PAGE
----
Innovative cement helps DOE safeguard nuclear facilities

By Jared SagoffApril 25, 2008

ARGONNE, Ill. — When Argonne materials scientists Arun Wagh and Dileep Singh initially developed Ceramicrete®, a novel phosphate cement that stabilizes radioactive waste streams, they did not immediately recognize that with one or two extra ingredients, the cement could solve another problem in the nuclear complex.

In the course of the development of the Ceramicrete technology, Wagh and Singh formed a multilayered collaboration among Argonne, the Russian Federal Nuclear Center (VNIIEF) in Sarov, Russia, and Ceradyne Boron Products LLC. This international scientific partnership created an unusually efficient nuclear shield that blocks the neutrons and gamma rays emitted by nuclear materials, enabling safer nuclear storage.

Singh, Wagh and their collaborators modified the original Ceramicrete by adding boron to block neutrons and iron-containing materials to block gamma rays, making it one of the few materials that provides a shield against both forms of radiation. Other materials, such as stainless steel, provide a viable shield from gamma rays but fail to insulate neutrons.

Poor neutron shielding can lead to disastrous consequences: When neutron-irradiating nuclear materials are stored in large quantities in a small area, the emitted neutrons can interact with nearby stored fuel, causing a nuclear chain reaction. If the material is stored in a large area or in a pool of water that absorbs neutrons, on the other hand, the site can be vulnerable to terrorists or espionage.

The Ceramicrete technology has earned two coveted R&D 100 awards, commonly referred to as the "Oscars of invention," one in 1996 and another in 2004, and the Intellectual Property Lawyers Association of Chicago named Wagh the "Inventor of the Year" in 2006.

Casks with the new boron-containing Ceramicrete-based composite provide a better answer to the nuclear storage problem, according to Wagh. "If we can shield neutrons, we can put containers of nuclear material closer to each other, and thereby monitor the site better. Compact sites are safer," he said.

The initial modeling of the casks and testing of the boron-containing Ceramicrete took place in Russian laboratories as part of the Initiatives for Proliferation Prevention (IPP) program, an international nonproliferation program administered by the Department of Energy and National Nuclear Security Administration. IPP especially seeks to employ former Soviet nuclear weapons researchers in projects devoted to peacetime uses of nuclear energy.

"We're interested in high-volume products based on Ceramicrete, since it's a product with a diverse range of applications," said Vladimir Arkhangelsky, a scientist at VNIIEF and one of Wagh's Russian colleagues. "And I'd also like to continue the valuable collaboration with Argonne."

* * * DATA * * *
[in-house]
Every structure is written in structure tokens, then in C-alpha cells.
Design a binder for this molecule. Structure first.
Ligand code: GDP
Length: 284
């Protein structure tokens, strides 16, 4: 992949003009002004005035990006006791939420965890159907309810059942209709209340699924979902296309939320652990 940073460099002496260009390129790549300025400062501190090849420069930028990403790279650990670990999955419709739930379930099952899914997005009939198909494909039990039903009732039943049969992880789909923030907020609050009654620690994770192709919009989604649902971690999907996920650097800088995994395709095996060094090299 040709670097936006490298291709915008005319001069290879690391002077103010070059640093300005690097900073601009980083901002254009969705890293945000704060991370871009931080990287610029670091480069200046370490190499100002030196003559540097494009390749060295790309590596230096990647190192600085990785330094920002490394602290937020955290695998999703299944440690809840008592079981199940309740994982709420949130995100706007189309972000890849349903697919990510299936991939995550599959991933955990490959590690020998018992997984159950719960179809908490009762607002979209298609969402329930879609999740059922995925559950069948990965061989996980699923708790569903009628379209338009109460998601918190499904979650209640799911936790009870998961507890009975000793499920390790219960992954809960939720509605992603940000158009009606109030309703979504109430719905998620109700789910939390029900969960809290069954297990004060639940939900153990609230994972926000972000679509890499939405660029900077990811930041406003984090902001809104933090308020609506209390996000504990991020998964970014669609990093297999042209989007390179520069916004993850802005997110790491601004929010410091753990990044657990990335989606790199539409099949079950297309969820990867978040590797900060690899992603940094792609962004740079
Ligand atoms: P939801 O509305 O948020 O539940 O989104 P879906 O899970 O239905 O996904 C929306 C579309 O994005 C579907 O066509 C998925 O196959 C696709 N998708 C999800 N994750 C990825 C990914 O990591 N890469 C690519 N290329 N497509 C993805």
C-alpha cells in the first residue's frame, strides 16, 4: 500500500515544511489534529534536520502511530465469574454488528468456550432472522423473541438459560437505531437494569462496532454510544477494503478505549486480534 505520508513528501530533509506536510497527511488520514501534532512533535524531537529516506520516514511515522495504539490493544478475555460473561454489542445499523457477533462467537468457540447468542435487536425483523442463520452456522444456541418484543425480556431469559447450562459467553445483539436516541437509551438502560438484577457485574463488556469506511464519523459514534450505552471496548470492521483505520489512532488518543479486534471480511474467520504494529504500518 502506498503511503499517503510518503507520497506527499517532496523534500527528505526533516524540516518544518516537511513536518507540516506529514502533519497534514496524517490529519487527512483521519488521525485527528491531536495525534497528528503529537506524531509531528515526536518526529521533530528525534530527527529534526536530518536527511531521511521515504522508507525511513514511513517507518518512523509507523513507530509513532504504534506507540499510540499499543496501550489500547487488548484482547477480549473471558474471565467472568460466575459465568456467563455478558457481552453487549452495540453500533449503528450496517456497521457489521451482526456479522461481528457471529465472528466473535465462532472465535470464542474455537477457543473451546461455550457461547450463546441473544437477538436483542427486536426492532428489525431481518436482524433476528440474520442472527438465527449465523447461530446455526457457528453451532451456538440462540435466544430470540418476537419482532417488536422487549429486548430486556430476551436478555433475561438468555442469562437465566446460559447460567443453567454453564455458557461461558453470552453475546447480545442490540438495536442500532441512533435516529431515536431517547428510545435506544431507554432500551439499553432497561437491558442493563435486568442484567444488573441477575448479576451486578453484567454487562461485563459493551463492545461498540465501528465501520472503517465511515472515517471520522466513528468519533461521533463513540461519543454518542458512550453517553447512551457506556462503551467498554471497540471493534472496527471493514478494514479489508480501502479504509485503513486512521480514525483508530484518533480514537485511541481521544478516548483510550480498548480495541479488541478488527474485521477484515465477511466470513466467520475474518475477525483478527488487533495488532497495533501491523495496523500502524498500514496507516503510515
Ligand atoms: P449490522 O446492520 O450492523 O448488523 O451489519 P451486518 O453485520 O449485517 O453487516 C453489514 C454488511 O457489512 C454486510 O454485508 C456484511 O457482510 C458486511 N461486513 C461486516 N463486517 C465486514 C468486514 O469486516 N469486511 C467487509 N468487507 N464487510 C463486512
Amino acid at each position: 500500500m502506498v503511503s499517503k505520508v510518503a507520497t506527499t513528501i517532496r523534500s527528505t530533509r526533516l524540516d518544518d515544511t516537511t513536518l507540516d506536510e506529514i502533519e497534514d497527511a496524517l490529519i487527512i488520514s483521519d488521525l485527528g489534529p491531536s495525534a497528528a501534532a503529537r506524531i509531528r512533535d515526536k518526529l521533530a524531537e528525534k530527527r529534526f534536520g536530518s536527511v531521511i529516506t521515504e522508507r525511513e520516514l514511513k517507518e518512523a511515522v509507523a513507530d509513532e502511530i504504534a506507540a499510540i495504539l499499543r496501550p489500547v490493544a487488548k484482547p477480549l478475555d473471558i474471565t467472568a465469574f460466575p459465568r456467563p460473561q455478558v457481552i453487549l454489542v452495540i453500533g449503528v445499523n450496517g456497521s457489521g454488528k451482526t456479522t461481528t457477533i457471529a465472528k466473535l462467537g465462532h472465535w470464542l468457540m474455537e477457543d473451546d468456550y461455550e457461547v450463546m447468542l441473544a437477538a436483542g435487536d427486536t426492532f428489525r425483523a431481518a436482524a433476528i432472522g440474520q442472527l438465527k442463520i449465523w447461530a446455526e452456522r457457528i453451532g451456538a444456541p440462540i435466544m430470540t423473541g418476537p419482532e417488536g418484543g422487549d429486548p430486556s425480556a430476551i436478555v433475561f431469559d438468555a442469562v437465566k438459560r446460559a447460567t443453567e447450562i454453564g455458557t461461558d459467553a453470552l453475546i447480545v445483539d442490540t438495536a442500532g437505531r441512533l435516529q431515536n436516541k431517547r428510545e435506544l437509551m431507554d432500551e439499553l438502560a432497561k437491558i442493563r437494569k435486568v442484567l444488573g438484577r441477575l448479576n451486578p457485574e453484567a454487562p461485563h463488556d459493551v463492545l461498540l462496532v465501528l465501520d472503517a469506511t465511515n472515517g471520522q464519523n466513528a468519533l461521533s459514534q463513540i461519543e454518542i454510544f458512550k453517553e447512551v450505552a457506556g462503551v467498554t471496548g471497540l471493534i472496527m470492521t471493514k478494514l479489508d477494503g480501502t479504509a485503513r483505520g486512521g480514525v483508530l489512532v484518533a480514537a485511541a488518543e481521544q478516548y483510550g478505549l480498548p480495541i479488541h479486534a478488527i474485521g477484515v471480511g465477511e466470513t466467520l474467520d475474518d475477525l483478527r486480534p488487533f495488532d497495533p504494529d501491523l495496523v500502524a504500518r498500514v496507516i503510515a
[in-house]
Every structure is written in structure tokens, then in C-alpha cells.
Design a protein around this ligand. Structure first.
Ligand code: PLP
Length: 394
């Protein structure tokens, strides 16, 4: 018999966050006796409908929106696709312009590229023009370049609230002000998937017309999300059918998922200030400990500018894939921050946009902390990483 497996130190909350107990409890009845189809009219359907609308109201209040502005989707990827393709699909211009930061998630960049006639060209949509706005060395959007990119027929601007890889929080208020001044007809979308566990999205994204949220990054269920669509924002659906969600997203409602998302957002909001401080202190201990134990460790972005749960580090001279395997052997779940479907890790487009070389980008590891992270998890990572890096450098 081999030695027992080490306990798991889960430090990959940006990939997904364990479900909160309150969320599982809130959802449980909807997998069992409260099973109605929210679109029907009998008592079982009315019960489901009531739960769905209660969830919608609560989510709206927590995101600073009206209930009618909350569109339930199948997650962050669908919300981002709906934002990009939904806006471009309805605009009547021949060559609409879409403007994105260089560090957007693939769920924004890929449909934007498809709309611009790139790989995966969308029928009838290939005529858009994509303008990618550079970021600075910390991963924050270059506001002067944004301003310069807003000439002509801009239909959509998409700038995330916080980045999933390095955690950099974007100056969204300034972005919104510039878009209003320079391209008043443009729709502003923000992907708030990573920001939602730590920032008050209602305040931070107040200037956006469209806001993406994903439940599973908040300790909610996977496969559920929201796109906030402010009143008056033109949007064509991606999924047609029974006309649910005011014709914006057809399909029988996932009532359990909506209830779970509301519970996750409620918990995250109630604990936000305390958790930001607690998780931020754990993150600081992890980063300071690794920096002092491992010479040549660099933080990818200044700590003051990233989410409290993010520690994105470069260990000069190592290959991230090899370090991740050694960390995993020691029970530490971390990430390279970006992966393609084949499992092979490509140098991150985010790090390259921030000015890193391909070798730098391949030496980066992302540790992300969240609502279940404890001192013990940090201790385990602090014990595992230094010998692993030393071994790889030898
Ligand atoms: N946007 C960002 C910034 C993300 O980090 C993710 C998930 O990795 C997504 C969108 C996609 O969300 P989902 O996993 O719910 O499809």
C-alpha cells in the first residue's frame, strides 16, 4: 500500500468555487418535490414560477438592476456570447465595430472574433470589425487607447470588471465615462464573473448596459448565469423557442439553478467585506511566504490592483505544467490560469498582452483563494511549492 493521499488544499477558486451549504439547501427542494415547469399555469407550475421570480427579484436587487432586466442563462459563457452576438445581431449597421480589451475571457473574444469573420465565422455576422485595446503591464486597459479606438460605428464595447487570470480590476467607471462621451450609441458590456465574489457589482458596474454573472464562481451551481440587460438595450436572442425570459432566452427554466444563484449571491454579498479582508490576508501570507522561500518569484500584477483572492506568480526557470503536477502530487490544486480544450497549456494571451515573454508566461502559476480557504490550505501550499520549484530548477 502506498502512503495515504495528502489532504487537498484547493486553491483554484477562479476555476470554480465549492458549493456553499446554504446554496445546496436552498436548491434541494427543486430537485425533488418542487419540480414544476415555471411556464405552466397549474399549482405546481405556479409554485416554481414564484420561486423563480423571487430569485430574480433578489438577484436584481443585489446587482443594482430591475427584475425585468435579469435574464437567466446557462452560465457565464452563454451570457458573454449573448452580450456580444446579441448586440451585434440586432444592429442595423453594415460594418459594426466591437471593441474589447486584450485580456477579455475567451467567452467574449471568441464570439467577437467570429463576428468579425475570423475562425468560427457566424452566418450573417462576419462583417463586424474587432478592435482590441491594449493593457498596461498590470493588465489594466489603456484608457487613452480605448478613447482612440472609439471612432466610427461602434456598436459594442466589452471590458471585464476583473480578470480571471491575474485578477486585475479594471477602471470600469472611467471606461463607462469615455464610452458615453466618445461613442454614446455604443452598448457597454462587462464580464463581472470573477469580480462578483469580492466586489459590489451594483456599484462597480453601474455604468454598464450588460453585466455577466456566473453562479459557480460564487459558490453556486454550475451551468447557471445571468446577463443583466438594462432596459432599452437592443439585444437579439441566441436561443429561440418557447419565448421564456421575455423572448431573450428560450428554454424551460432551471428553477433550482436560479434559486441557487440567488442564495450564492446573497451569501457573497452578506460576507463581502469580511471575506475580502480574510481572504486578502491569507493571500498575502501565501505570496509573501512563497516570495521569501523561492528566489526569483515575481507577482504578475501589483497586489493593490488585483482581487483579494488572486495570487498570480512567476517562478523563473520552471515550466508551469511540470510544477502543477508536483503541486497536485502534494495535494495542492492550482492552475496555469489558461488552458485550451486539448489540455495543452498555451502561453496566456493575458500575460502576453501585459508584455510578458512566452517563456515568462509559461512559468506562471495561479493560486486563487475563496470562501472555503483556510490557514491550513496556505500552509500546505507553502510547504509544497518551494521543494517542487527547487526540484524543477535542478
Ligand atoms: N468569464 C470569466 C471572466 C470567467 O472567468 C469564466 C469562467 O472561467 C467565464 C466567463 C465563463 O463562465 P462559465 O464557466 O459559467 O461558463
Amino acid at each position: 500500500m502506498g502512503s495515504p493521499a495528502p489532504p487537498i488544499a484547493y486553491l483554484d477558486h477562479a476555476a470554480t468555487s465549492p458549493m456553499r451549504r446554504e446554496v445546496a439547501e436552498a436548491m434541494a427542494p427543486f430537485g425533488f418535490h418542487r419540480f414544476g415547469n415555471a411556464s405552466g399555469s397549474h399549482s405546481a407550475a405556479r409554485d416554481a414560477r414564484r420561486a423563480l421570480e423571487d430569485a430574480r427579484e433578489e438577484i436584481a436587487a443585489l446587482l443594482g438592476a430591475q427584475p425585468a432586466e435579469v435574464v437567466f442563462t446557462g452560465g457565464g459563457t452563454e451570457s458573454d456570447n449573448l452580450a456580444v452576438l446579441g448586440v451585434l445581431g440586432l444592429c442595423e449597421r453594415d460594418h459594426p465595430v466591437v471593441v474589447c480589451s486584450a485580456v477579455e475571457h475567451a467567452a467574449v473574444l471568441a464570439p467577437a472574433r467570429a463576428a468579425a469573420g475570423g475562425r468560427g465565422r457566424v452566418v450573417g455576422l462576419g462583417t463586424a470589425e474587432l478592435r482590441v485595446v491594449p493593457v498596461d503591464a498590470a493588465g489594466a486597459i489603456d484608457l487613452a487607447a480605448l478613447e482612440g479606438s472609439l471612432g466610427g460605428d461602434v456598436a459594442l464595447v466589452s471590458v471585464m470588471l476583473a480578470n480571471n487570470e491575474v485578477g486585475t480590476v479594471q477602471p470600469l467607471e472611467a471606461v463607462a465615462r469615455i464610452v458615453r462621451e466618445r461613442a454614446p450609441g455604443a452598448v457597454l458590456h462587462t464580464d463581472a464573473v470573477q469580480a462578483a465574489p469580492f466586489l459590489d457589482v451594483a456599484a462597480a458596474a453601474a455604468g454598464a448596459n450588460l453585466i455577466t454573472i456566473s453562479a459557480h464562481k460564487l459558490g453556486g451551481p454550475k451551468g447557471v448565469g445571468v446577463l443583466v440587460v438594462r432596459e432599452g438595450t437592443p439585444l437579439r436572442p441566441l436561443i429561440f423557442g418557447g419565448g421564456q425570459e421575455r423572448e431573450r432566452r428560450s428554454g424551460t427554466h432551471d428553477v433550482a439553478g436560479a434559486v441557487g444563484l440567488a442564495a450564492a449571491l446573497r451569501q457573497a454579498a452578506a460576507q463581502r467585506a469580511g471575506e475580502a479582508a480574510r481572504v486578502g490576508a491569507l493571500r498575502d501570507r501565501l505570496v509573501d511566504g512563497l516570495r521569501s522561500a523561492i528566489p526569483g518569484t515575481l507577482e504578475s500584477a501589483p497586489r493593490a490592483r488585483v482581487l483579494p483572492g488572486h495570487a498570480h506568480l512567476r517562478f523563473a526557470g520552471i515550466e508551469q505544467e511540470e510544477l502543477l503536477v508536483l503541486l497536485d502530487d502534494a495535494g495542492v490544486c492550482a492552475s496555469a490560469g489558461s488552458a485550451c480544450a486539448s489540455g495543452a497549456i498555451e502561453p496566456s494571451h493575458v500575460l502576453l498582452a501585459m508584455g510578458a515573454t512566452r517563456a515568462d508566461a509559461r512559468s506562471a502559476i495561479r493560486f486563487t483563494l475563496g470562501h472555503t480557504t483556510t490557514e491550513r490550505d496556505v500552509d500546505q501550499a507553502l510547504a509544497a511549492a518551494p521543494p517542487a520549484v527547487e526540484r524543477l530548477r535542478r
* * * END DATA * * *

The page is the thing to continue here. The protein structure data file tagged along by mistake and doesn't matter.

After the VNIIEF scientists determined that the cement successfully absorbed neutron radiation, Ceradyne built and tested prototype shields, then marketed the material under the name BoroBond®. Working with Department of Energy (DOE) contractors, Ceradyne has introduced the BoroBond shields for storage of nuclear materials in Oak Ridge, Tenn. These contractors have built several hundred BoroBond-based casks that now house nuclear material.

"Ceradyne Boron Products has established a high-volume production facility based on the Ceramicrete technology," said Jim Waugh, Ceradyne General Manager. "We look forward to customizing BoroBond to meet upcoming nuclear storage requirements worldwide."

The development of BoroBond not only solves a significant problem facing the nuclear energy industry and scientists, but also highlights the value that Argonne's research and development provides to industry and DOE, according to Wagh. "We thought of a totally new cement, and with funding from the Department of Energy we have been able to bring together expertise from Russia and American industry to develop products that have solved at least one big problem within the DOE complex. The BoroBond shield showcases a successful investment of DOE funds, as DOE scientists, U.S. for-profit industry and Russian nuclear scientists together have completed a project that makes the world a little safer."

"The beauty of the story is that DOE paid to develop this technology, we commercialized it through Ceradyne, and Ceradyne helped DOE in its mission of safeguarding nuclear facilities," added Terry Maynard, who manages Argonne's technology transfer efforts for Ceramicrete.